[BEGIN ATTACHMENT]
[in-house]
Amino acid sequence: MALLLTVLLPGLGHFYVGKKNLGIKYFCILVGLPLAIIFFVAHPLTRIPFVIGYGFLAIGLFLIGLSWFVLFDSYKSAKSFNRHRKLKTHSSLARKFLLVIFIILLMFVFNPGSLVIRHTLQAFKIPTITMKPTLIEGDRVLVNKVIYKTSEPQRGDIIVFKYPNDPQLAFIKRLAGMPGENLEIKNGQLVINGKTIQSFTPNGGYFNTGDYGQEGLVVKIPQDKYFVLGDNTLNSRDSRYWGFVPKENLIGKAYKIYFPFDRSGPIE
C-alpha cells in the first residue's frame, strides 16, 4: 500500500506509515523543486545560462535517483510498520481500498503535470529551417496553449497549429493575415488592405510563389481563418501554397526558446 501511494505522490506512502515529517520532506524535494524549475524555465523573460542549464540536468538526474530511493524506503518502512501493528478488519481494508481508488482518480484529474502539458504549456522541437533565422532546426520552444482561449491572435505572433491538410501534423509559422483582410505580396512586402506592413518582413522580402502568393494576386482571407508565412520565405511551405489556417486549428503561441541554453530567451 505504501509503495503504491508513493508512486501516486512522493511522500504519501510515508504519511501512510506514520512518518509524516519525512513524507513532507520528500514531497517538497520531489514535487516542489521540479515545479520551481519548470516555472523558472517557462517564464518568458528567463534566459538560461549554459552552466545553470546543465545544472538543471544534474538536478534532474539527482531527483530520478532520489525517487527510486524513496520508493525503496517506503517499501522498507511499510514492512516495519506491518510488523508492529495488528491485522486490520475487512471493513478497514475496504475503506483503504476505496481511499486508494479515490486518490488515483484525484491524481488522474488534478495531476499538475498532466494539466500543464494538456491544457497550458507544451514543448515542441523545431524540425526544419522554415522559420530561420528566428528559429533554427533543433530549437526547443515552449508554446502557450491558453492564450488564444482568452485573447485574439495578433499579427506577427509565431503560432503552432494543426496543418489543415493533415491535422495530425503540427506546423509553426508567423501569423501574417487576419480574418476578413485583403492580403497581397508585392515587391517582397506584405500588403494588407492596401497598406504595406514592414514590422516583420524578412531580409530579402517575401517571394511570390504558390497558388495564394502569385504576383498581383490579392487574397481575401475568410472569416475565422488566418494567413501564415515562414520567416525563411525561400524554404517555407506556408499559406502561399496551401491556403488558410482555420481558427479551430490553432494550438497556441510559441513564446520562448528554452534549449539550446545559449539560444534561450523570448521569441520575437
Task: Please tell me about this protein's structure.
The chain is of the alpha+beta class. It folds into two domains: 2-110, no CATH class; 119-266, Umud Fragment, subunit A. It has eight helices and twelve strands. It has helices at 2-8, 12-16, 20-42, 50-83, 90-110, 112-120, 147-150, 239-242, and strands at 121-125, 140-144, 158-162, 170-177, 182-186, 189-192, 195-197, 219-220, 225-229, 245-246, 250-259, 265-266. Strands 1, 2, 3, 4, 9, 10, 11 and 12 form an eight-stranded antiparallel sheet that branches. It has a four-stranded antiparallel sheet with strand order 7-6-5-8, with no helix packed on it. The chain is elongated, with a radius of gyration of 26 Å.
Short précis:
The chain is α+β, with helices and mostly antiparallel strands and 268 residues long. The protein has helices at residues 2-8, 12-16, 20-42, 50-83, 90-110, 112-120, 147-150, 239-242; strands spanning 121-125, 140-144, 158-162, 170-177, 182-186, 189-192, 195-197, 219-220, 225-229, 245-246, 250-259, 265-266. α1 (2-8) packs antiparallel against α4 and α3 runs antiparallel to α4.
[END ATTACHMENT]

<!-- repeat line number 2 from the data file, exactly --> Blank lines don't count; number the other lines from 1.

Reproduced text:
Amino acid sequence: MALLLTVLLPGLGHFYVGKKNLGIKYFCILVGLPLAIIFFVAHPLTRIPFVIGYGFLAIGLFLIGLSWFVLFDSYKSAKSFNRHRKLKTHSSLARKFLLVIFIILLMFVFNPGSLVIRHTLQAFKIPTITMKPTLIEGDRVLVNKVIYKTSEPQRGDIIVFKYPNDPQLAFIKRLAGMPGENLEIKNGQLVINGKTIQSFTPNGGYFNTGDYGQEGLVVKIPQDKYFVLGDNTLNSRDSRYWGFVPKENLIGKAYKIYFPFDRSGPIE